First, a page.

Subject: I have found a DVD that I think you would enjoy
Actors: Jean-Paul Belmondo, Jean Seberg, Daniel Boulanger, Jean-Pierre Melville, Henri-Jacques Huet
Director: Jean-Luc Godard
Genres: Indie & Art House, Drama, Mystery & Suspense
The movie that heralded the French New Wave movement, this lean and exciting 1959 film directed by Jean-Luc Godard (A Woman Is a Woman, Weekend) broke new ground not only in its unorthodox use of editing and hand-held phot... more »
Similarly Requested DVDs
Essential French Cinema: Godard's 'A Bout de Souffle.'
G. Merritt | Boulder, CO | 09/14/2007
(5 out of 5 stars)
"As a French New Wave director, Jean-Luc Godard (1930) was at the head of his class. Drawing from politics, film history, French intellectualism, existential and Marxist philosophy, Godard's radical films challenged the conventions of Hollywood cinema and influenced French cinema. Breathless (1960) is among his most accessible films. With all the energy of a 1940s' American gangster B-movie, it tells the simple story of Michel (Jean-Paul Belmondo), a French petty street thief, who steals a car and kills a policeman, while at the same time pursuing a naive American girl Patricia (Jean Seberg). She is wary of Michel's intentions and questions his lack of ambition, but proving that nice girls have a thing for bad boys, Patricia spends time with him in Paris before turning him in to the police. Using ragged editing techniques, handheld cameras, and a musical soundtrack that seems out of sync with the action, Godard succeeds at constantly reminding his audience that his film is an artificial reality having little to do with actual reality. Although the film's plot is thin, Breathless revolutionized French cinema. Of his films, Bande à part (also called Band of Outsiders - Criterion Collection) (1966) remains my Godard favorite and should not be missed.
The new dual-disc Criterion upgraded edition of Breathless includes a restored high-definition digital transfer (approved by director of photography Raoul Coutard), interviews with Godard, and actors Jean-Paul Belmondo, Jean Seberg, video essays: filmmaker and critic Mark Rappaport's "Jean Seberg" and critic Jonathan Rosenbaum's "Breathless as Film Criticism," an eighty-minute French documentary about the making of Breathless, with members of the cast and crew, the French theatrical trailer, and a booklet featuring writings from Godard, film historian Dudley Andrew, Francois Truffaut's original film treatment, and Godard's scenario.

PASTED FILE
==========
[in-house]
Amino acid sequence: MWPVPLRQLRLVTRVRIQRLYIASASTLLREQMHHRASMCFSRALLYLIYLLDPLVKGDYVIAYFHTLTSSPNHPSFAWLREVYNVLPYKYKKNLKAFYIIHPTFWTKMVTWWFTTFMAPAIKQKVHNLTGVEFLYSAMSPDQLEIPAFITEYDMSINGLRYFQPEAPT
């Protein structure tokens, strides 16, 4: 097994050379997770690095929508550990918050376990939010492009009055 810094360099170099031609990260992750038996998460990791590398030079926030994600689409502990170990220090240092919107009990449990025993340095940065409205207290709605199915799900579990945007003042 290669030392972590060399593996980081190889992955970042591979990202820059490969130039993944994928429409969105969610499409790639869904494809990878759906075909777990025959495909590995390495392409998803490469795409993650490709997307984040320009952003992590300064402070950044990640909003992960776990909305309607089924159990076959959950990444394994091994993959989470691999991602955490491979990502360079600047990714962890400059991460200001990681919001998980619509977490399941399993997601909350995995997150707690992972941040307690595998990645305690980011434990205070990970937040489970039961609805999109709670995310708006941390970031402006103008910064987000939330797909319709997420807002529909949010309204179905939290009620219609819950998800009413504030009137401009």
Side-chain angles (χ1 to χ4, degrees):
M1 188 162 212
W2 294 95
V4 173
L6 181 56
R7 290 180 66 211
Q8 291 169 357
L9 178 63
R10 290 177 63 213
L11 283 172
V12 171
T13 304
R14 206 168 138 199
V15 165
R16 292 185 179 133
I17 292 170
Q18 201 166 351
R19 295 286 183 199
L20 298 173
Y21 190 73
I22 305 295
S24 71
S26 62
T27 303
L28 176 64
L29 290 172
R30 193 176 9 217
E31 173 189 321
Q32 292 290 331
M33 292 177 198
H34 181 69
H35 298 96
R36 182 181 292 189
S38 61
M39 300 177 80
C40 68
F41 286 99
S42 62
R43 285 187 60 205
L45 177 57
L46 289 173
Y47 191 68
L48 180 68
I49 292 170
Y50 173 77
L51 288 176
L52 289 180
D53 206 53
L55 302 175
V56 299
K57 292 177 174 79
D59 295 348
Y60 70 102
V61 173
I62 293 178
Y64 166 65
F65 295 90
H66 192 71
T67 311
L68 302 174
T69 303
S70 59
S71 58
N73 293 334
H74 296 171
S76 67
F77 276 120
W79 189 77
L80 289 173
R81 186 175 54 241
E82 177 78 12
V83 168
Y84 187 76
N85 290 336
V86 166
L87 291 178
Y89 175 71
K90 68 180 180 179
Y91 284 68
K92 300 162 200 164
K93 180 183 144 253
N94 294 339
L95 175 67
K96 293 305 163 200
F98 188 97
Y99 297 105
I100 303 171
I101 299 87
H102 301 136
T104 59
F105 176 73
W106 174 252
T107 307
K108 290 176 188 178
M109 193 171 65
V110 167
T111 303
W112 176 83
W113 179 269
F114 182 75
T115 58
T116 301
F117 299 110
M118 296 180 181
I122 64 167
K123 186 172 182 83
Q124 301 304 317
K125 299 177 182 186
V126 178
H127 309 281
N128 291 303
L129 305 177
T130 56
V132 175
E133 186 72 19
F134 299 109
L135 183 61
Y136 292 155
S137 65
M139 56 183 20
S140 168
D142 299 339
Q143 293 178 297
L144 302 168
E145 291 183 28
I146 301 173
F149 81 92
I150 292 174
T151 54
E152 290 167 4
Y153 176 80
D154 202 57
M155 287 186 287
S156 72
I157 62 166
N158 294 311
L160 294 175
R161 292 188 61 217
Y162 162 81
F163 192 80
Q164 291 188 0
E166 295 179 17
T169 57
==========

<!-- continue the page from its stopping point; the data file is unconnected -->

Revolutionary & Dynamic, "Breathless" Still Electrifies!!
Jana L. Perskie | New York, NY USA | 05/17/2005
(5 out of 5 stars)
"François Truffaut, Jean-Luc Godard, Claude Chabrol, Jacques Rivette and Eric Rohmer were film connoisseurs, who all worked as movie critics for the same magazine. Between the years 1958 to 1964, this group transitioned into filmmaking, and, along with other directors, such as Agnés Varda, Jean-Pierre Melville and Louis Malle, ushered in the French New Wave Movement, (Nouvelle Vague). Their background in film theory and criticism was a major factor in motivating these artists to create a bold new cinema.
Jean-Luc Godard's first feature, "Breathless," was released in 1960, introducing the New Wave and changing cinema forever. Godard used jump cuts, handheld cameras, zoom lenses and a new editing style to take the viewer places never ventured before. No artificial, glossy stage sets in this movie. Along with the protagonists, we travel up and down small side streets, into local bars and sidewalk cafes, across boulevards and, for inconsequential moments, brush the lives of passers-by, who have nothing to do with the screenplay, but always play a role in our daily comings and goings. The fragmented rhythm of modern life is translated here. Godard used sound in the same way, adding street noises, bits of conversations and music to add to the movie's authenticity and pace. This was indeed innovative at the time. And it still holds up. Watching "Breathless" forty-five years after its debut, 21st century technology does not detract from its dynamism or relevance in the slightest. In fact, with each viewing, I find the film every bit as exciting and poignant as I did the first time.
Jean-Paul Belmondo plays the feckless, foul-mouthed car thief, anti-hero and Humphrey Bogart fan, Michel Poiccard. Just a few minutes after the opening credits conclude, Michel's status changes from small-time hood to cop killer. His life's plans alter drastically as he becomes a hunted fugitive. Michel remains cool enough, however, to visit an old girlfriend and steal some money. Bogart would have been proud - not of the theft, but of the style. Michel spots gamine-like American, Patricia Franchini, (the lovely Jean Seberg), selling copies of the Herald Tribune on the Champs-Elysees, and pursues her, with roguish smiles and moody pouts. He curses her and moves off fast, though, when she gives him a hard time. He likes his women more enthusiastic. Instead of getting out of town fast, Michel hangs with fellow thugs and steals more cars.